In Our Community

Set to coincide with the Nelson and District Credit Union’s 60th anniversary in 2010, this exhibit will feature photos taken by well known local photographer Fred Rosenberg, originally commissioned by the Credit Union and subsequently donated to our collection by the artist. Included in the adjacent display space will also be a selection of diverse…

2010 Oct 23 – 2010 Mar 09

In Our Community: the History of the Nelson & District Credit Union and photographs by Fred Rosenberg

Curated by Deb Thompson

The show will feature a display of the history of the NDCU and a photographs from noted local photographer Fred Rosenberg selected from the collection of Touchstones Nelson. Among the interesting assortment of articles from the history of the NDCU are literature and slogans from the 1930-50s regarding the conception of cooperatives, Y2K crisis propaganda and vintage banking tools.

Credit Union Manager, Tom Atkins states, “Credit unions have a history of providing an alternative to banks by advocating equality, equity and mutual self-help. Since 1950 Nelson & District Credit Union has grown from a modest beginning with deposits in a cash box to a community cornerstone offering a range of financial services. In celebrating our 60 years as a community-based financial co-operative we hope this exhibit puts a face to the past efforts of the members and staff that have made our credit union the success that it is.”

Fred Rosenberg’s black and white documentary portraits taken in Nelson between 1999 and 2004 show case the artists talent of capturing a candid moment in the lives of his subjects that reach beyond the personal to a universal expression of human nature.

Fred Rosenberg

Fred Rosenberg studied Photo-Journalism at San Jose State University in Northern California from 1964 to 1969. He began exhibiting his photographs in 1971. From 1963 to 1982, while living in California and then Vancouver, Rosenberg was a street photographer a term first used by French photojournalist Henri Cartier-Bresson (1934-2004) to describe an emerging genre of photography that focused on the reality of everyday life. In 1982, Rosenberg moved to Nelson where he employed himself as a studio portrait photographer for over a decade. In the early 1990s Rosenberg’s attention shifted away from commercial photography to the pursuit of his artistic practice as a photographer. The photographs displayed here in Gallery B are representative of a period spanning from 1999-2004. They can be seen as a merging of his previous work as a street photographer with that of a portrait photographer into an artistic style and voice that has become Rosenberg’s signature.

Rosenberg’s photography reveals the influence of such central figures in Modern photography as Henri Cartier-Bresson (1934-2004), Dorothea Lange (1895-1965), and Alfred Stieglitz (1864-1946). These Modern Art giants believed in art for arts sake – placing the aesthetics such as composition and light in a central position. They also chose to use the everyday world around them as the subject of their work. The movement of the Avant Guard art world from Paris to New York City in the 1950s-60s brought with it liberation for artists from the previous social and political concerns of the war years to an opportunity for artists to personally express their emotions more directly through their art.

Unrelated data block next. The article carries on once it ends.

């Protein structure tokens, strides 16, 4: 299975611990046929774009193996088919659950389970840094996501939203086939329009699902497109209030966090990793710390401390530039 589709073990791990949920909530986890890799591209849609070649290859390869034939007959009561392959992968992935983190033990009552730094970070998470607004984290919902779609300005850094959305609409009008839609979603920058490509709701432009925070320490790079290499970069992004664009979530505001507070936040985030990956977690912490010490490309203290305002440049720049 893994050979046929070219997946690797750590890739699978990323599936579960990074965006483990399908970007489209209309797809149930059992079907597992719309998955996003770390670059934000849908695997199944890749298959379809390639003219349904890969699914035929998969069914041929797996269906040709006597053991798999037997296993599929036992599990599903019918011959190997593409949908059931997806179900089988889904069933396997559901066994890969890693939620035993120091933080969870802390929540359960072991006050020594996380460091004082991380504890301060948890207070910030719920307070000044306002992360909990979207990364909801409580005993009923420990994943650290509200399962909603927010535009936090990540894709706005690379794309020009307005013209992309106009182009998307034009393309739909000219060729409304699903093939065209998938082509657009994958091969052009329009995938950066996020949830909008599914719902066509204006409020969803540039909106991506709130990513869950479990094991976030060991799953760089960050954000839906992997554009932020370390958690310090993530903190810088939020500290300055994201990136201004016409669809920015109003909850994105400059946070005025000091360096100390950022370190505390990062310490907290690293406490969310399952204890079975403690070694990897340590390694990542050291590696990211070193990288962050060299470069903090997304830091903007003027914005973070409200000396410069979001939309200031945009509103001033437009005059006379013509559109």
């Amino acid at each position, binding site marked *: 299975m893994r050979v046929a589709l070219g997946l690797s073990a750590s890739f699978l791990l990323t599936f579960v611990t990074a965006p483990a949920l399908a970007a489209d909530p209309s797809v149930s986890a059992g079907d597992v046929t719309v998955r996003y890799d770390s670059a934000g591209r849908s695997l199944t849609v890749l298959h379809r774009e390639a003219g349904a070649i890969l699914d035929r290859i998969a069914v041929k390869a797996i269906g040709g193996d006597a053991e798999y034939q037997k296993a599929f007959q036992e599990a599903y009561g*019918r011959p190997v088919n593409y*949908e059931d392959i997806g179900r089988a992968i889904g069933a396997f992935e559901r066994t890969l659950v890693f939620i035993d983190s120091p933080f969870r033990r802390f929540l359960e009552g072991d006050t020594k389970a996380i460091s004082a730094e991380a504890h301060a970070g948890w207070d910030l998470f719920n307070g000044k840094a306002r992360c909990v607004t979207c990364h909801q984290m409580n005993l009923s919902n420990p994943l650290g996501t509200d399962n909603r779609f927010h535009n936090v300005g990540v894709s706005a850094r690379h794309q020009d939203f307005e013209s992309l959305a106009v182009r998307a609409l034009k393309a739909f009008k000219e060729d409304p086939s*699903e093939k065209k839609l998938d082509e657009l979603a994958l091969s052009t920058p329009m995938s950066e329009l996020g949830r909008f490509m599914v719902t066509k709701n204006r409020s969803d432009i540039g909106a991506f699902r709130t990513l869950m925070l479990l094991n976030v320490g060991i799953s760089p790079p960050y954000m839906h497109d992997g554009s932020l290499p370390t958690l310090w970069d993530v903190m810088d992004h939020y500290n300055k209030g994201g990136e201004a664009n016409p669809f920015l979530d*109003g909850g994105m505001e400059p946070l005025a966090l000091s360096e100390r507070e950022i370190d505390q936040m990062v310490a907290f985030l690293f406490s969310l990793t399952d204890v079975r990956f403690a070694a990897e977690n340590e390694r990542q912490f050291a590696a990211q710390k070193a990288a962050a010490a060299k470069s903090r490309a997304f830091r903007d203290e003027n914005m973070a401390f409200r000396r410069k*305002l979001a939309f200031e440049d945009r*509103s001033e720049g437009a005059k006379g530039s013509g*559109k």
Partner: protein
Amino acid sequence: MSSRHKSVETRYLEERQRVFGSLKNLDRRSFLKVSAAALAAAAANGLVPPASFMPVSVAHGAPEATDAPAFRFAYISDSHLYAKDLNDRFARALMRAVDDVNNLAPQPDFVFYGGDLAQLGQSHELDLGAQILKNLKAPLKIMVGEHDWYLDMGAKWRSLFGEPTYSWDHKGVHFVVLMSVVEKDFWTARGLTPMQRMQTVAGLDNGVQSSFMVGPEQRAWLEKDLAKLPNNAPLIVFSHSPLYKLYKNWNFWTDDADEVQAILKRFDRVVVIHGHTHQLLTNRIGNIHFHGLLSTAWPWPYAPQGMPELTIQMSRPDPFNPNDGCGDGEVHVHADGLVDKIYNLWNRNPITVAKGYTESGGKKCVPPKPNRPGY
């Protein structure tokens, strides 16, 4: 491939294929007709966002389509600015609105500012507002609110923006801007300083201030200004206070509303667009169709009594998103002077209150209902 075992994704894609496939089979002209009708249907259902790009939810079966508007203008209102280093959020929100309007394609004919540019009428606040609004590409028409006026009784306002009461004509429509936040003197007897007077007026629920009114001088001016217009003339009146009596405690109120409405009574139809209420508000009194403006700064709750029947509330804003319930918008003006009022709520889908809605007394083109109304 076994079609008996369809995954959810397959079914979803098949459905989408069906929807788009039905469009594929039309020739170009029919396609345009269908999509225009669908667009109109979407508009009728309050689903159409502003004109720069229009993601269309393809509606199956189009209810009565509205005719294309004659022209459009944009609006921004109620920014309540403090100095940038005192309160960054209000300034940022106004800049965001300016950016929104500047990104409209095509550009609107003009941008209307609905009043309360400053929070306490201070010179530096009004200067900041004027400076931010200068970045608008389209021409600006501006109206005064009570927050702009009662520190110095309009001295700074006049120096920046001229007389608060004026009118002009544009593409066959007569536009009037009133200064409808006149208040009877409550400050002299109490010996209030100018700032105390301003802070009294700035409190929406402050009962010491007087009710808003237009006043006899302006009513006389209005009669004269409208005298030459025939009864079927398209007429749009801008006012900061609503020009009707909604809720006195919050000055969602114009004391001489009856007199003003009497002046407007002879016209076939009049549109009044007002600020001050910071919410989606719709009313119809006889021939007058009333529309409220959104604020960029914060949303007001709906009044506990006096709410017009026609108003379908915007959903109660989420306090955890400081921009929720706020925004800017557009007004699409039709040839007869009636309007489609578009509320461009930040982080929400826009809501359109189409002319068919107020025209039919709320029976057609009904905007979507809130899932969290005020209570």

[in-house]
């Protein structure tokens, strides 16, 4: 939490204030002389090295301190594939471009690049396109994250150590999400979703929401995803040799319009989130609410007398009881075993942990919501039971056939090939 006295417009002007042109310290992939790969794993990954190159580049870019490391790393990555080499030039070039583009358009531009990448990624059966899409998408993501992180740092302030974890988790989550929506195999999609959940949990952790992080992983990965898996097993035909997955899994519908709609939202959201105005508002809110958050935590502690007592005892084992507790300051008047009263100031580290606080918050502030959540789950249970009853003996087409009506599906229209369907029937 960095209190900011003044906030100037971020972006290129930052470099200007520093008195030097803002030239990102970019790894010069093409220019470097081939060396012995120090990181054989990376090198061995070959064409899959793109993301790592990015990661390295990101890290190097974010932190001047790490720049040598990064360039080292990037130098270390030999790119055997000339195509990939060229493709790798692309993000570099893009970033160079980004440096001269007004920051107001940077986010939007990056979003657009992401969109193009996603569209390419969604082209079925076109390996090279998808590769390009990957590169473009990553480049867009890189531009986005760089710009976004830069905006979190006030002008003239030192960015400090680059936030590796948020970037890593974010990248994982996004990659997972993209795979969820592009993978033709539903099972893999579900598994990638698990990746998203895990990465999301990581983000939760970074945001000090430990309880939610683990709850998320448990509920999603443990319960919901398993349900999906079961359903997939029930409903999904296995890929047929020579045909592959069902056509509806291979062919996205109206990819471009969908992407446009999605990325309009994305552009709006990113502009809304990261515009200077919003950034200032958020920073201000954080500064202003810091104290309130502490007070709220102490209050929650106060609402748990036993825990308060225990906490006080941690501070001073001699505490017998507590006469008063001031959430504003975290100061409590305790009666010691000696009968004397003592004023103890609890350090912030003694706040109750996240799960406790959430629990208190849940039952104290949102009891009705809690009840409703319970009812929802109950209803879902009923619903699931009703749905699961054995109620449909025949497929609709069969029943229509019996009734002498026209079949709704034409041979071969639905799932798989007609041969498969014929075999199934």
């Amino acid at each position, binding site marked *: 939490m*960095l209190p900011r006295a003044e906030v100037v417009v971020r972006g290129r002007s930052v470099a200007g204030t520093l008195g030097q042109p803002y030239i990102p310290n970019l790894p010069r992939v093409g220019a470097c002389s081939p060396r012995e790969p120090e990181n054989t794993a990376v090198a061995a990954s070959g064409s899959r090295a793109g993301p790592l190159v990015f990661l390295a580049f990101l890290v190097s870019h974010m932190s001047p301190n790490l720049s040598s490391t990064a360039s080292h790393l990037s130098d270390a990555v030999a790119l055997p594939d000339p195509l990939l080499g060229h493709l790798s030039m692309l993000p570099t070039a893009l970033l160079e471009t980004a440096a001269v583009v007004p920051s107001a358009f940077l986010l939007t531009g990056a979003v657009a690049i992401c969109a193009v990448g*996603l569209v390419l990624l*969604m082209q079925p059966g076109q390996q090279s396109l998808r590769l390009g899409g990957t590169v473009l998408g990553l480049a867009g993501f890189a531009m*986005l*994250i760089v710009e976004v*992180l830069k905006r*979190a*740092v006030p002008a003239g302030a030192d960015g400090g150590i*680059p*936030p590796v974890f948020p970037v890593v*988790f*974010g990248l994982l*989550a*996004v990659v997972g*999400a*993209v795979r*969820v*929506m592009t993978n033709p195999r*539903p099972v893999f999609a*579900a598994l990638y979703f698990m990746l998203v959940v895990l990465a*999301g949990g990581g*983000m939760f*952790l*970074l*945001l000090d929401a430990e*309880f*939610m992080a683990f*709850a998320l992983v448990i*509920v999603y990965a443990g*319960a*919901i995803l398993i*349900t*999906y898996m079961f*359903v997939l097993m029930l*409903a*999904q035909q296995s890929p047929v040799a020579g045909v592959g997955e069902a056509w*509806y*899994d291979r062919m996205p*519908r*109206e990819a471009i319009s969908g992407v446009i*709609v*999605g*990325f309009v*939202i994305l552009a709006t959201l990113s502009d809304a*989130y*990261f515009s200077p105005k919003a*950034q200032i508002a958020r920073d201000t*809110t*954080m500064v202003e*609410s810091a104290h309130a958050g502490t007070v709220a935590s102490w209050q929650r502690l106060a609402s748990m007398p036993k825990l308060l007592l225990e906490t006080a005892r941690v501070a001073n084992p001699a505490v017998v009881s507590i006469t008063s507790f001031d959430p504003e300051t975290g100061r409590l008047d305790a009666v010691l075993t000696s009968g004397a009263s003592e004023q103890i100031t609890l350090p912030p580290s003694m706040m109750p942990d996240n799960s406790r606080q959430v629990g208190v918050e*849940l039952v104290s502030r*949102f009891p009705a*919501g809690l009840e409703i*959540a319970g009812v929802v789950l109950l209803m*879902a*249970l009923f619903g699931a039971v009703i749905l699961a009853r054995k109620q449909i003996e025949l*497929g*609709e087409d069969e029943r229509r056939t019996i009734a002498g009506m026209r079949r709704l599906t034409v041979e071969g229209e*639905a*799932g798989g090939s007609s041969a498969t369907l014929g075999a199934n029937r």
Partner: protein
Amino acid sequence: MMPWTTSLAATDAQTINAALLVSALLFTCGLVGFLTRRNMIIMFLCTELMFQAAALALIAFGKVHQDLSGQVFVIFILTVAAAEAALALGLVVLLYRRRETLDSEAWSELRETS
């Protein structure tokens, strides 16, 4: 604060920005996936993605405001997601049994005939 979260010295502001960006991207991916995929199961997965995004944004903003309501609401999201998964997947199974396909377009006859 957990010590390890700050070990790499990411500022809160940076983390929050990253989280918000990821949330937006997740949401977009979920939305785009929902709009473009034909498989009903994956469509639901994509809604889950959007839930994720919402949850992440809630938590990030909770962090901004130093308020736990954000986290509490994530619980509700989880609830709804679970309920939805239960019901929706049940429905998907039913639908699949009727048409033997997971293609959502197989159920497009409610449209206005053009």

In many ways, the Modern art era has a kinship to the Renaissance era (14th -17th century) with the use of a compressed pictorial scene to achieve emotional empathy between the viewer and the subject. We see this in Rosenberg’s compositions; the viewer is drawn in close to the subject as Rosenberg situates himself neither above nor below but on a parallel axis and in this way creates empathy between the viewer and the subject. Rosenberg also places the gaze of his subject outside the lense of his camera; the narrative of the image then lies in the viewer’s ability to project his or her own emotions onto the subject’s gaze. This empathetic episode is what I believe lies at the heart of Rosenberg’s work and we, the viewer, are involved in creating the narrative of the piece.

Critical to understanding Rosenberg’s opus is to remove ourselves from the familiar or provincial perspective of Rosenberg’s photographs and see them from an unfamiliar or non-referential place. The metaphorical nature of his works can then be seen and their lasting appeal as works of art is clear. The photograph of Vic Neufield then becomes Composer or Duncan Grady becomes Veteran, drawing out the universal from its local context. Could we imagine Dorthea Lange’s iconic Migrant Mother as Florence Thompson after holding it in its metaphorical context so richly? If a photographer or visual artist of any media is to go beyond the familiar references of its subject it must transcend this provincial to the universal. Rosenberg’s ability to see this universal in the local is his gift and we the viewer happily recipients.

Rosenberg’s choice of shooting with black and white film is not one of eliminating colour but that of never adopting colour and is in keeping with the tradition of early modernist photography whose focus was one of working within set limitations towards an overall aesthetic. It serves him well to set himself against a post-modern world flooded with media and imagery. Rosenberg’s decision to stay clear of digital processes is intentional so that he maintains a tangible connection to his processes and perhaps to an era of which he fills akin.

With nearly four decades of photography on the streets, Rosenberg’s recently published book Anecdotal Evidence is full of portraits of Nelson characters, opening a door into a world that is at once as small as a moment and as large as a community.

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